• General UnRAID/Linux/ZFS related:
    1. SR-IOV on UnRAID - The first guide I created specifically for UnRAID, posted directly to the forum as opposed to in github. Users have noted going from 10's of MB/s up to 700MB/s when moving from default VM virtual NIC's over to SR-IOV NICs (see the thread for details
    2. Compiled general list of helpful commands - This one isn't ZFS specific, and I'm trying to add things from my bash profile aliases and the like over time as I use them. This one will be constantly evolving, and includes things like "How many inotify watchers are in use... And what the hell is using so many?", restarting a service within an LSIO container, bulk downloading from archive.org, and commands that'll allow you to do unraid UI-only actions from the CLI (e.g. stop/start the array, others).
    3. Common issues/questions/general information related to ZFS on UnRAID - As I see (or answer) the same issues fairly regularly in the zfs plugin thread, it seemed to make sense to start up a reference for these so it could just be linked to instead of re-typing each time lol. Also includes information on customization of the UnRAID shell and installing tools that aren't contained in the Dev/Nerdpacks so you can run them as though they're natively included in the core OS.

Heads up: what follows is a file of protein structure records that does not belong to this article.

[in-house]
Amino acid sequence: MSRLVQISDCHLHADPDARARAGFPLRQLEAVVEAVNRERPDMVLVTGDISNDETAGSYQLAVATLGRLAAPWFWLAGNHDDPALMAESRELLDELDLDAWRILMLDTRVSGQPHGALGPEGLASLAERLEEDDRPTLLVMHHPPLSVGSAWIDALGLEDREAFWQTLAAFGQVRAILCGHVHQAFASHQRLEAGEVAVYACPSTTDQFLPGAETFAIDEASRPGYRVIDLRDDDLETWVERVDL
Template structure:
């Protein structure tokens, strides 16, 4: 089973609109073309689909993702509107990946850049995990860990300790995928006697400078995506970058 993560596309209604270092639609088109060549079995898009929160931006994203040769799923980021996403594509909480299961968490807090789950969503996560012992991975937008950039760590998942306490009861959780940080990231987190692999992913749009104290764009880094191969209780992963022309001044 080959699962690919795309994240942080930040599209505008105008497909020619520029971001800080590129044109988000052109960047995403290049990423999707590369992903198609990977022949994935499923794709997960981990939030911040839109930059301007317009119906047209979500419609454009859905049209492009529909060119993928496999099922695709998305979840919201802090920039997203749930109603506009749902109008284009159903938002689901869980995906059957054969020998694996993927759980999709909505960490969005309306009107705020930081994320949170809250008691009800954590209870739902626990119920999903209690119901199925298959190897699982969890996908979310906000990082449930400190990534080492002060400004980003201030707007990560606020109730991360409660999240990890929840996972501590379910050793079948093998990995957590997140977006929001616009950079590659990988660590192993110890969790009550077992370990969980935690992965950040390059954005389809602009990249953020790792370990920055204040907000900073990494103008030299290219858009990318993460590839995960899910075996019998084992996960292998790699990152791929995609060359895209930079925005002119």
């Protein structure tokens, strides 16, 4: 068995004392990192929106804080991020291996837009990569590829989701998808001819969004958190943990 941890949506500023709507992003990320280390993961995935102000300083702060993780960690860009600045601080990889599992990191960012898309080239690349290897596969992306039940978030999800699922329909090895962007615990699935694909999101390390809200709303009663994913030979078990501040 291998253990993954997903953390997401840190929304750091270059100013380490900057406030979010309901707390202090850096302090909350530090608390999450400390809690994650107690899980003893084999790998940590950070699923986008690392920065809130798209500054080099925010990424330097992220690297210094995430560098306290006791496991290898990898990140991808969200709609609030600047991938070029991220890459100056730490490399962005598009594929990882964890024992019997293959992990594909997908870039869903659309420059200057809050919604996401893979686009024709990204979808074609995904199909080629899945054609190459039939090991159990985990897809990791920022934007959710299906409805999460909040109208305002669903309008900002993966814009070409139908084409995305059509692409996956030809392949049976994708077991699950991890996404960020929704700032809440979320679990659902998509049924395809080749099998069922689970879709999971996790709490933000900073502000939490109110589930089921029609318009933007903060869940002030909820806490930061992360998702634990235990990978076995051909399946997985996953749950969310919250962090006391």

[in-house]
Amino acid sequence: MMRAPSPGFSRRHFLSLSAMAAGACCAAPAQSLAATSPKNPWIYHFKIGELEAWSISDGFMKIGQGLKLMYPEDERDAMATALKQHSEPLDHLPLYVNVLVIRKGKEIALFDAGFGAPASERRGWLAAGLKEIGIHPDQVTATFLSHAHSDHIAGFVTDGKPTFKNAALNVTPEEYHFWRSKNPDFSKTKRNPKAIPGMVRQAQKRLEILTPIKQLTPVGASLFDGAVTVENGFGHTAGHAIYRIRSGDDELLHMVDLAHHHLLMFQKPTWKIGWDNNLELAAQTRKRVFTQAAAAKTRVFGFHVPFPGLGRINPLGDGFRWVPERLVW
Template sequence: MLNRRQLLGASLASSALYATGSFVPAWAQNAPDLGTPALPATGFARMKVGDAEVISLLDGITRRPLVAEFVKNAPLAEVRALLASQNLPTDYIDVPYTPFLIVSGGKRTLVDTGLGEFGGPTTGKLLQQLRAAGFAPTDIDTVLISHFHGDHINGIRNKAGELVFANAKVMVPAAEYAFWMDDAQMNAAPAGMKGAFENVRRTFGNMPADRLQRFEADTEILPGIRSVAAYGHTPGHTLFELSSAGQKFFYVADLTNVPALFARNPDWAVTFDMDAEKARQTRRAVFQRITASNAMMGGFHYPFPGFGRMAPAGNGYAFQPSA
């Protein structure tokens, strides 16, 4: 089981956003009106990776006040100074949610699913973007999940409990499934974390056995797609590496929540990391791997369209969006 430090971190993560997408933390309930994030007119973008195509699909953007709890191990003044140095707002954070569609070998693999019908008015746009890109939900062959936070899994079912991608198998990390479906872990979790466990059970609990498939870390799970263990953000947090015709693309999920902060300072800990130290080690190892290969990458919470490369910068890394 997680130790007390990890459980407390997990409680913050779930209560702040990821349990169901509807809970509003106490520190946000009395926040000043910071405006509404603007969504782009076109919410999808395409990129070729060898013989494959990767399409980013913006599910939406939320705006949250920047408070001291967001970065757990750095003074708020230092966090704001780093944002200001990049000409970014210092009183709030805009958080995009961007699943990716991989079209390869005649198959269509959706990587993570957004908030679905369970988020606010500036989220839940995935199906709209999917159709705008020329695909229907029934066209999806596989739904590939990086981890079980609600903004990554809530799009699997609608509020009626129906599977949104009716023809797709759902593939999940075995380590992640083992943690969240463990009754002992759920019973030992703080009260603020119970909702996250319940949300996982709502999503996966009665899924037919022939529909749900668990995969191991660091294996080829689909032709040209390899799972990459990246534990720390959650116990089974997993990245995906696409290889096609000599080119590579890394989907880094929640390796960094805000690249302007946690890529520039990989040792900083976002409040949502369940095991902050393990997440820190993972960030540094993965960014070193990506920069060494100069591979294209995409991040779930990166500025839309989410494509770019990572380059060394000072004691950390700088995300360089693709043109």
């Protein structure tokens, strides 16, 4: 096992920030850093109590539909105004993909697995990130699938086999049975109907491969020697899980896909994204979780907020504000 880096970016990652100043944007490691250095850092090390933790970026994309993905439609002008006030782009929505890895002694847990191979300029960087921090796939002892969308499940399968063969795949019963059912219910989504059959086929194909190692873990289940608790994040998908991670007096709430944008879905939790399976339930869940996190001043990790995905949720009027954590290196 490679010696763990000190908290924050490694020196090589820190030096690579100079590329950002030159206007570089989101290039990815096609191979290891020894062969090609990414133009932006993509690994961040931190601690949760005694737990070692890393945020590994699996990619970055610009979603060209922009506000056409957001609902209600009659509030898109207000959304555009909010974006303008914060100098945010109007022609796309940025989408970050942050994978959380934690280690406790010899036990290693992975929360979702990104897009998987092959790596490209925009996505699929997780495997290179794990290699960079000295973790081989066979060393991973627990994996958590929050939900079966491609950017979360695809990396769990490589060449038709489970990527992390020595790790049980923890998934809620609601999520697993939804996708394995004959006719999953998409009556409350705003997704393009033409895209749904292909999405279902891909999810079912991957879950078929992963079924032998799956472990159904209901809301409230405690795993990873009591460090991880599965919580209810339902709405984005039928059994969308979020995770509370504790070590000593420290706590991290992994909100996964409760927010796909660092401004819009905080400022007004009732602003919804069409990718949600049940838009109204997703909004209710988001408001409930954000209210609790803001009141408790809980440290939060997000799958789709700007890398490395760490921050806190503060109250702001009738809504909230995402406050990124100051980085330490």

• Hosting the Docker Image on ZFS - squeezing the most performance out of your efforts to migrate off of the xfs/btrfs cachepool - if you're already going through the process of doing so, might as well make sure it's as highly performant as your storage will allow

 

You can see my (incomplete / more to be added) backlog of things to document as well on the primary page in case you're interested. I plan to post the relevant pieces where they make sense as well (e.g. the Nextcloud one to the lsio nextcloud support thread, cross-post this link to the zfs plugin page... probably not much else at this point, but just so it reaches the right audience at least).

 

Why Github for the guides instead of just posting them here to their respective locations?